Hans was a scholar of Rommel, with whom he shared a special relationship of professional apprec
Joe Wisniewski
The genesis of this book had to with the acquaintance or friendship that the author has/had with Stephen Ambrose. Colonol von Luck was giving a talk about his life during WWII. He was met with incredulity when he stated that he knew nothing of the Nazi death camps. So, apparently, this book was written, at least partially to address how that was generally true, as he claimed during the war.

The book doesn't really accomplish this task. However, I will say that I have a new appreciation for the sk
There are many WWII soldiers that put their memories to print.

Here you have a memorable view of the other side of the hill (the loser side), told by a simple man and soldier that made it through the killing in most fronts (Poland, France, Russia, North Africa and Italy) and abode prison in a USSR gulag in the aftermath of the war.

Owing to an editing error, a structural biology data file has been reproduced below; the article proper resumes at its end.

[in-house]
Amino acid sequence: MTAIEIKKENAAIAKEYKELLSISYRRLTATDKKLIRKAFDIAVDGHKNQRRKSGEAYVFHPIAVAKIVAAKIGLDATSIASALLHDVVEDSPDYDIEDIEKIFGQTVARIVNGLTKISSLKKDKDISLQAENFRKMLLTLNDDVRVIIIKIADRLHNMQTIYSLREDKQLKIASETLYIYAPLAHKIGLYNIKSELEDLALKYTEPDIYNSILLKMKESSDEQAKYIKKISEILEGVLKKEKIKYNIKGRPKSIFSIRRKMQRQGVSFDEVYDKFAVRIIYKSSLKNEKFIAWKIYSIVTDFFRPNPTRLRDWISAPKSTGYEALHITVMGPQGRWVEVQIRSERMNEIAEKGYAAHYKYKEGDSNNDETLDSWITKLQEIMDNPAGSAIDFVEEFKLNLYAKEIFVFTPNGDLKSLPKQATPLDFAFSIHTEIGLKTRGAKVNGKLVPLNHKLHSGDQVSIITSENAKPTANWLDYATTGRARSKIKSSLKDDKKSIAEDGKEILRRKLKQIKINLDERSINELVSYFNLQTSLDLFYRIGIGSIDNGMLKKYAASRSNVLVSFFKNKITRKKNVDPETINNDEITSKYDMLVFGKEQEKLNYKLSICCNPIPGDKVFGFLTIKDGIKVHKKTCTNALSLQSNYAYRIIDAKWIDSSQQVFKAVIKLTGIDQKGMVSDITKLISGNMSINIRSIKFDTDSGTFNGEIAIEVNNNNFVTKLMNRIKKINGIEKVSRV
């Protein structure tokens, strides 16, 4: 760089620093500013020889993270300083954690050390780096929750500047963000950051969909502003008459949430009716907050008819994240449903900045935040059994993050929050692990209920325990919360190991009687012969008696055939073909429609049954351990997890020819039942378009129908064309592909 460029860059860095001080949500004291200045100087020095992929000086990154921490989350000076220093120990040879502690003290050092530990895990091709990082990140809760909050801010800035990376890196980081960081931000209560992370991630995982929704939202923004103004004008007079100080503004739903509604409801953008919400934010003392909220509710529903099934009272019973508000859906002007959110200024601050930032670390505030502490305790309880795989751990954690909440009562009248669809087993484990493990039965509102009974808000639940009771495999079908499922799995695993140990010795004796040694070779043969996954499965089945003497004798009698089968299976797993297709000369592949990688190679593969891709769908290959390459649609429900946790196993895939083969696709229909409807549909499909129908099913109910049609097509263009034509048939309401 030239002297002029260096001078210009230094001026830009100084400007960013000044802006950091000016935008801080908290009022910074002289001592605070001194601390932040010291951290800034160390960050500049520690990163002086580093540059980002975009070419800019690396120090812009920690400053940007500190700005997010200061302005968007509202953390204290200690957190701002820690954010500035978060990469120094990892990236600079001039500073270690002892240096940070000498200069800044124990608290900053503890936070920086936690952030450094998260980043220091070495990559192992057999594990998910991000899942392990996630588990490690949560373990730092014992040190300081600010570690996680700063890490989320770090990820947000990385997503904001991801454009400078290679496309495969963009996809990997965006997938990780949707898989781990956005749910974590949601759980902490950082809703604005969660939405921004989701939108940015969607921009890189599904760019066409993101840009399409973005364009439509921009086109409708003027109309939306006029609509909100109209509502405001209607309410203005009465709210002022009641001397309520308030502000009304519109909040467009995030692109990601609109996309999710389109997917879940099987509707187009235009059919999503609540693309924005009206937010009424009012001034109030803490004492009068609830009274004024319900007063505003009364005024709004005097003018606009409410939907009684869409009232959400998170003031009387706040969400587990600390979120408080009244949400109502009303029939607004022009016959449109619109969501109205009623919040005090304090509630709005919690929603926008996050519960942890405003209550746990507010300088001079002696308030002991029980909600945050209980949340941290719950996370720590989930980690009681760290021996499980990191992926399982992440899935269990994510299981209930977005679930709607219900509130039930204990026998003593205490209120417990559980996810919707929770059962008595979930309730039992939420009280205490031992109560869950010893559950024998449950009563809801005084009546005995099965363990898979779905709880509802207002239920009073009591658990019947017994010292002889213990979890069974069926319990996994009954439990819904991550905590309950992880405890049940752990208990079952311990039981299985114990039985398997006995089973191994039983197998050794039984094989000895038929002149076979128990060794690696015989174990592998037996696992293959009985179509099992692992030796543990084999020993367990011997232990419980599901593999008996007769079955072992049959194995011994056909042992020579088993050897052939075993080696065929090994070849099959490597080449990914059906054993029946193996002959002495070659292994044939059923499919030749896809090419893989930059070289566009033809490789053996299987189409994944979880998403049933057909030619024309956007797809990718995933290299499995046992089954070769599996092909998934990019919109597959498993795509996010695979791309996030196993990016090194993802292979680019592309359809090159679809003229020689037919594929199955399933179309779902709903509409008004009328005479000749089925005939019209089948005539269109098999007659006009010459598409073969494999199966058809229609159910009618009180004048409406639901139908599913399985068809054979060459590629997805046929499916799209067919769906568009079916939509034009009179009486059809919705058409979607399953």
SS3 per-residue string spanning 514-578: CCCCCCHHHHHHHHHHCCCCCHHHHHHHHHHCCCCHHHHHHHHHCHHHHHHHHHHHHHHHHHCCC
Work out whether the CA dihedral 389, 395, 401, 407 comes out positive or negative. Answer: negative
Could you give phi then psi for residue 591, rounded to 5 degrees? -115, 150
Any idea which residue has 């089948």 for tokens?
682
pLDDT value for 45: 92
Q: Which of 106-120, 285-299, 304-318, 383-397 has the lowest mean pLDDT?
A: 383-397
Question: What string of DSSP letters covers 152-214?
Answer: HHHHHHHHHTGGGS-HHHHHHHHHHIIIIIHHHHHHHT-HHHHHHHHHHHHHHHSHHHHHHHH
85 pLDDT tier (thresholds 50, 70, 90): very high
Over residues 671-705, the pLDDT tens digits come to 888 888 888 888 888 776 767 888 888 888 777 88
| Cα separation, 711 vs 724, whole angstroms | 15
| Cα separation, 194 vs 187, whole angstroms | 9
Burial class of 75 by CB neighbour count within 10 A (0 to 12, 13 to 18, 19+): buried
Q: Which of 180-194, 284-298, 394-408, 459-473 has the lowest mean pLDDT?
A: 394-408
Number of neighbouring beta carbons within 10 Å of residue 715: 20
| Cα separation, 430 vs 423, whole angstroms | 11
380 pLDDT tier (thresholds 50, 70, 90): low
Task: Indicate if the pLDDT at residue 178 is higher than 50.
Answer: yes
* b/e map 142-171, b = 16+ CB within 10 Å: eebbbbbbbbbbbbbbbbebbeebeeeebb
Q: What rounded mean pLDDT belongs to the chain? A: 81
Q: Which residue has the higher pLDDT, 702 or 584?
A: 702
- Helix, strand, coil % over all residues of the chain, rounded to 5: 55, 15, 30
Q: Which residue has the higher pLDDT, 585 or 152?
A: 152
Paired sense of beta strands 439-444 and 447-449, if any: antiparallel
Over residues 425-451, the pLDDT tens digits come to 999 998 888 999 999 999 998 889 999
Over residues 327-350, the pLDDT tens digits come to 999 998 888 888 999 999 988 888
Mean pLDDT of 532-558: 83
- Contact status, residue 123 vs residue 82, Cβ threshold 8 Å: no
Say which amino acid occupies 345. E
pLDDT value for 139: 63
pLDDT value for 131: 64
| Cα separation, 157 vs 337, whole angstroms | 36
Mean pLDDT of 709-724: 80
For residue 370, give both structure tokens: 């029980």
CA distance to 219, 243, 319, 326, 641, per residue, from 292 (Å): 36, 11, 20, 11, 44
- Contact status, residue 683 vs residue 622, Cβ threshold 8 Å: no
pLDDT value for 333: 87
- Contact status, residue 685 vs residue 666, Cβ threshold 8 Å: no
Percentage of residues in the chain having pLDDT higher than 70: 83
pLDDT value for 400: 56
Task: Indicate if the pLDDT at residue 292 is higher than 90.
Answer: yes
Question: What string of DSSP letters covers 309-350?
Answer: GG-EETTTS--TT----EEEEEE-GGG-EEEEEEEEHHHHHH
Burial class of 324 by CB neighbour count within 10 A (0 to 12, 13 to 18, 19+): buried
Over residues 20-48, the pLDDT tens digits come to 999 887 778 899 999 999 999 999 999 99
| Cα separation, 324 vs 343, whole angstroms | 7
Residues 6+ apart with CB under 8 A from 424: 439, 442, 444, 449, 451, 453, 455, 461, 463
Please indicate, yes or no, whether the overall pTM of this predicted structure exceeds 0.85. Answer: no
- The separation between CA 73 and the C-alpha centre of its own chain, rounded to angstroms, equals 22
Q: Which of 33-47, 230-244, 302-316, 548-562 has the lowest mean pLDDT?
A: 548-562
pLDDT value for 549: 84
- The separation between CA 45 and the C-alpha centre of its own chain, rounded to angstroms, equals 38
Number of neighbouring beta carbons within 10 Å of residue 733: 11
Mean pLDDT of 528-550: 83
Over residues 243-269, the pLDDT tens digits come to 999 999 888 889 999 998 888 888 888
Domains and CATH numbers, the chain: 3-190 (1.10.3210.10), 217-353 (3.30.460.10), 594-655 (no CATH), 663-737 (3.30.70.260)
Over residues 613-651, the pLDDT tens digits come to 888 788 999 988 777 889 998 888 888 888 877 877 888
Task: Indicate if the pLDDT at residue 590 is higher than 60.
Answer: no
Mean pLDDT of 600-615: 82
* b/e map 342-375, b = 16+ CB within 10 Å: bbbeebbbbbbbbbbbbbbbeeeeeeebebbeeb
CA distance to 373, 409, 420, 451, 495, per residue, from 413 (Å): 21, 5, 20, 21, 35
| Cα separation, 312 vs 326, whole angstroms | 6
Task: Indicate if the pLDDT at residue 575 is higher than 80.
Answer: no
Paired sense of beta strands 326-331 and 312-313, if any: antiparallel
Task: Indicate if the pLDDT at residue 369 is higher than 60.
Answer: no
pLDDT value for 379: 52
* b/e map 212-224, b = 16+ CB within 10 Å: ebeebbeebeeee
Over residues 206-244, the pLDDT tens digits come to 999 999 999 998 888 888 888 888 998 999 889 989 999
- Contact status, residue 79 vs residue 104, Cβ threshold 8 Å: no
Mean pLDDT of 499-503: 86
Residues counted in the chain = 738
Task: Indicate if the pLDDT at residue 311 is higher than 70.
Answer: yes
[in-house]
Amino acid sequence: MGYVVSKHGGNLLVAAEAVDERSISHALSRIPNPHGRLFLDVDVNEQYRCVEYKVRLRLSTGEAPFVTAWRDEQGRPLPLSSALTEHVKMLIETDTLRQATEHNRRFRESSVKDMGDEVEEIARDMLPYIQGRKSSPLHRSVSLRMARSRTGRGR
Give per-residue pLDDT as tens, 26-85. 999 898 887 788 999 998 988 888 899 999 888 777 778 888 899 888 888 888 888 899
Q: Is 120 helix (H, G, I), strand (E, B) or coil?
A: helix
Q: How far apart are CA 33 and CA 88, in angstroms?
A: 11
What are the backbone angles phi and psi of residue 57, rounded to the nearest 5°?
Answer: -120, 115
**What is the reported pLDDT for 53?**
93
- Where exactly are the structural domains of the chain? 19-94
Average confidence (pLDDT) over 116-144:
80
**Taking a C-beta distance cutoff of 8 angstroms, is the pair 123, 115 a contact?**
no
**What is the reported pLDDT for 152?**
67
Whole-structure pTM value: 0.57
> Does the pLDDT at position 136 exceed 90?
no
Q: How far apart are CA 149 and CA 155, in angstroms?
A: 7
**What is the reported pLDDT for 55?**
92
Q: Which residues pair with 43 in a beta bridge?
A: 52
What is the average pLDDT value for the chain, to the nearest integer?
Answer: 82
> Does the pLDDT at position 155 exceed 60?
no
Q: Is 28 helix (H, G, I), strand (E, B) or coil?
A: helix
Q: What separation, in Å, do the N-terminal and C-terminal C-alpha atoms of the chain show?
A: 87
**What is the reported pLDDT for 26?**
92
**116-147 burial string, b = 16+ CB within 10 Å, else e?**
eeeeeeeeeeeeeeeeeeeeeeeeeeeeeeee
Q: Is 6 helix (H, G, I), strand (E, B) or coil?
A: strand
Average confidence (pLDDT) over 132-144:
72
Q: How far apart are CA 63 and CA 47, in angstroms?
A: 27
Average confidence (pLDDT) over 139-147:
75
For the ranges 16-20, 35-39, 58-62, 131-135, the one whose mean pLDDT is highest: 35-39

He met most of the renown German commanders. He put a fight when it was time to do it. The accounts of those are remarkable.
But this is not a tale of how he fought a
A simple and concentrated memoir of Von Luck. One factor which particularly attracted me is, that Von Luck has always improvised with inadequate man power, machinery and support of superiors.

Von Luck has kept himself afloat under these dire circumstances. He did not tried to connect his failures to his compromise on resourcing front.

This books also provided me details on another factor which made me understand the gaps in civil and military society. Luck was not able to mold himself in civilian
A top-notch memoir of World War II. However, I frankly have difficulty believing the author's war record. He claims to have been sent on a special mission by Guderian, Kesselring and Rommel to persuade Hitler and OKW to allow the Afrika Korps to withdraw to Sicily after the Americans landed in Morocco and Algeria. Maybe it is true--the verifiable parts of Luck's record are equally astonishing (he was one of the youngest Colonels in the Werhmacht, was repeatedly elevated by Rommel to high positio ...more